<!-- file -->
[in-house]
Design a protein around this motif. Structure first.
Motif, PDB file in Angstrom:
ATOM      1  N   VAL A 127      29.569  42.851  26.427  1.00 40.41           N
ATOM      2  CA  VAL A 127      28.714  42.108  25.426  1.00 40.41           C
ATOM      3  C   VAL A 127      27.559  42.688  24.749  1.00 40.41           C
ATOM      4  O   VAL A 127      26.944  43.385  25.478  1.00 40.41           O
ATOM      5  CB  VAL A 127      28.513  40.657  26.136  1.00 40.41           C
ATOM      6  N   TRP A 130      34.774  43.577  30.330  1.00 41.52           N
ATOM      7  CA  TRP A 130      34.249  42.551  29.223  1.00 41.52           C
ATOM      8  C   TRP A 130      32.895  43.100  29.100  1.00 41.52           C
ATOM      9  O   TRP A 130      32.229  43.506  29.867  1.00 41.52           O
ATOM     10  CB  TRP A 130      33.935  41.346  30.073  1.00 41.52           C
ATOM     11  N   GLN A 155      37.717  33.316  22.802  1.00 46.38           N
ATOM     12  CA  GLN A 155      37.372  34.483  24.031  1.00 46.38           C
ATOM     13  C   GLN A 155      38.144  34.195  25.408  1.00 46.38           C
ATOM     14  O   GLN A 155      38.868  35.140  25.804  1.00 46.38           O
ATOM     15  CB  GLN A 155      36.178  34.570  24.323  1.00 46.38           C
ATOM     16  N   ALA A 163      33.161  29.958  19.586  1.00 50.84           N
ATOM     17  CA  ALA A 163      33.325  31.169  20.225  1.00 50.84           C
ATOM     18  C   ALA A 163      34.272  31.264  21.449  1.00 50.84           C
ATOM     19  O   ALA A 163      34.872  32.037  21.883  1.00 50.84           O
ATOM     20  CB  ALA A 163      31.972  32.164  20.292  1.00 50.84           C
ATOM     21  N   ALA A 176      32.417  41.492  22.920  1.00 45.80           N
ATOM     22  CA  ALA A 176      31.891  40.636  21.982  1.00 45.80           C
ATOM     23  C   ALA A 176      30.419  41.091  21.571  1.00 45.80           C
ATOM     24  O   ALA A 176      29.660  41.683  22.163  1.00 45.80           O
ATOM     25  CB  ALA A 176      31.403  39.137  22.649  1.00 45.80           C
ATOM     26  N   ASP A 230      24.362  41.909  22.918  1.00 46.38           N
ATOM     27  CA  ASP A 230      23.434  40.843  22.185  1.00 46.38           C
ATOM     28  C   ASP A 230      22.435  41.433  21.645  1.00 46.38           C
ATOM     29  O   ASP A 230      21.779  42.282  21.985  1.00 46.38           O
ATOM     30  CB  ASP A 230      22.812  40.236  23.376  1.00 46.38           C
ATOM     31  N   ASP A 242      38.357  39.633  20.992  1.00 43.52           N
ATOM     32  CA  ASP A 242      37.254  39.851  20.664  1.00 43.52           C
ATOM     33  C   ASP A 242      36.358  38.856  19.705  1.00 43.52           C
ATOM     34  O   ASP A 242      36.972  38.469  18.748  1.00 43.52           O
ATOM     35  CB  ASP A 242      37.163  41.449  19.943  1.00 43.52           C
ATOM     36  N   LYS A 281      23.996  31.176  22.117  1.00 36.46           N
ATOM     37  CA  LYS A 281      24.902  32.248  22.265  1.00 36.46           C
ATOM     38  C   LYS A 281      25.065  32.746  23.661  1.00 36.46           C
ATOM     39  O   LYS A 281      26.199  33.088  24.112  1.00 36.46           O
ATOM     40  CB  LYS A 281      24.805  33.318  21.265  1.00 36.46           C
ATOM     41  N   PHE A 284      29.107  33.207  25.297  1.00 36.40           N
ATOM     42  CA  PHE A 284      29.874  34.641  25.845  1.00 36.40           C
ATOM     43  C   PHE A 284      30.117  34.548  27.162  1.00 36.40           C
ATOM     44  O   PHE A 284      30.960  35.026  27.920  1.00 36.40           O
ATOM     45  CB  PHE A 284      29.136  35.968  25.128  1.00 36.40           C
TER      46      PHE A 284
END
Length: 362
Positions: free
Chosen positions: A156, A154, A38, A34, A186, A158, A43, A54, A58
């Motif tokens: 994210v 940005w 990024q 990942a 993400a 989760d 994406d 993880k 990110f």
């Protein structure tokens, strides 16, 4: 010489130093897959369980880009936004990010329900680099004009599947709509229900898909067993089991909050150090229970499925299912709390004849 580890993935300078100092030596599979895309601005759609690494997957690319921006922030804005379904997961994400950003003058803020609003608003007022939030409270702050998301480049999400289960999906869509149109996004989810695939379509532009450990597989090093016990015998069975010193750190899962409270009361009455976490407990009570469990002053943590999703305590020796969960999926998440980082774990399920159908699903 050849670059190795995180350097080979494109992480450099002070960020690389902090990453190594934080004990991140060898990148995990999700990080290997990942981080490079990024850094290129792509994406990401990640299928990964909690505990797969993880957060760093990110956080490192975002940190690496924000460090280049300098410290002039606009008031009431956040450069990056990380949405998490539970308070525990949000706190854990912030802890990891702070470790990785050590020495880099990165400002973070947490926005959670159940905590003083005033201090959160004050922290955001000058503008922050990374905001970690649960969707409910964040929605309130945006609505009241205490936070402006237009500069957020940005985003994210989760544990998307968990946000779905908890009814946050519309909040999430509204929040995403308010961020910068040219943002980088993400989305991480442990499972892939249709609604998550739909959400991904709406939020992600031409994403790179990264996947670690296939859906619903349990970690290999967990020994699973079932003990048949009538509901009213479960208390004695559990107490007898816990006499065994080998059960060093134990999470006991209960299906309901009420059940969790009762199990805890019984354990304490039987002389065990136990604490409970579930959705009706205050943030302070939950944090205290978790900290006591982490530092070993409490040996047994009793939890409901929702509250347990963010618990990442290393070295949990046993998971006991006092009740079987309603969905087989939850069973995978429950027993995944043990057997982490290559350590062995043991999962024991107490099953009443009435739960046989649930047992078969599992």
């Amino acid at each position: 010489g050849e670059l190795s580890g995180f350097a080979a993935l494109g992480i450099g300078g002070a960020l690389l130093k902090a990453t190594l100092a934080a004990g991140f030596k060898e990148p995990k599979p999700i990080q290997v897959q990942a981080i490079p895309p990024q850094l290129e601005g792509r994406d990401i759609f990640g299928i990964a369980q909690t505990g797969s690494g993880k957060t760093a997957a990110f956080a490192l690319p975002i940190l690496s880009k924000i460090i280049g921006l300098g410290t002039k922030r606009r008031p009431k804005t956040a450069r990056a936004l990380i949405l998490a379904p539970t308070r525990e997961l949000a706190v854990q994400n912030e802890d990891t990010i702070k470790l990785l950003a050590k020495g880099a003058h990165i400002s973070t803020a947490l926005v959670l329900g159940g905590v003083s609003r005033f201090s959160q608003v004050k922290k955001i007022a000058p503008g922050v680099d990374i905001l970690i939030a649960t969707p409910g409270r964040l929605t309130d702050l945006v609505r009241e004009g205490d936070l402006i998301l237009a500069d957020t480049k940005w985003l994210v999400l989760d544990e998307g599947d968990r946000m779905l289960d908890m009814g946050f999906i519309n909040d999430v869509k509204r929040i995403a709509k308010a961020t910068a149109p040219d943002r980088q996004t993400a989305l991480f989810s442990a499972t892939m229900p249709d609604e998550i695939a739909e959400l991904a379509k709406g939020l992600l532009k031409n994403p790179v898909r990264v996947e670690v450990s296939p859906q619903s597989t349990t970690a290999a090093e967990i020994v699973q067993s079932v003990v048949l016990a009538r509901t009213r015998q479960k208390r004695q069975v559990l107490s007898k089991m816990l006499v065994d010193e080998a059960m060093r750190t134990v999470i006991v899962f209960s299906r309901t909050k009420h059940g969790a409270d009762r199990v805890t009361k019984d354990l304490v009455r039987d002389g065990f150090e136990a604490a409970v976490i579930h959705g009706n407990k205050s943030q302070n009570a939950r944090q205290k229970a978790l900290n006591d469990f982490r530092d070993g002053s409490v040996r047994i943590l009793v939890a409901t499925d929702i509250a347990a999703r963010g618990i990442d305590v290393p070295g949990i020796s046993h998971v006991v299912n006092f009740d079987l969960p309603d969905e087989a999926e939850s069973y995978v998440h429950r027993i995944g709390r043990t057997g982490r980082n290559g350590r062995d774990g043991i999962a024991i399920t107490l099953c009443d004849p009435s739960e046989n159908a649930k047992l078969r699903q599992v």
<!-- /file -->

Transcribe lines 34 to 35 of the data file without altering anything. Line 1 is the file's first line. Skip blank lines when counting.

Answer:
ATOM     31  N   ASP A 242      38.357  39.633  20.992  1.00 43.52           N
ATOM     32  CA  ASP A 242      37.254  39.851  20.664  1.00 43.52           C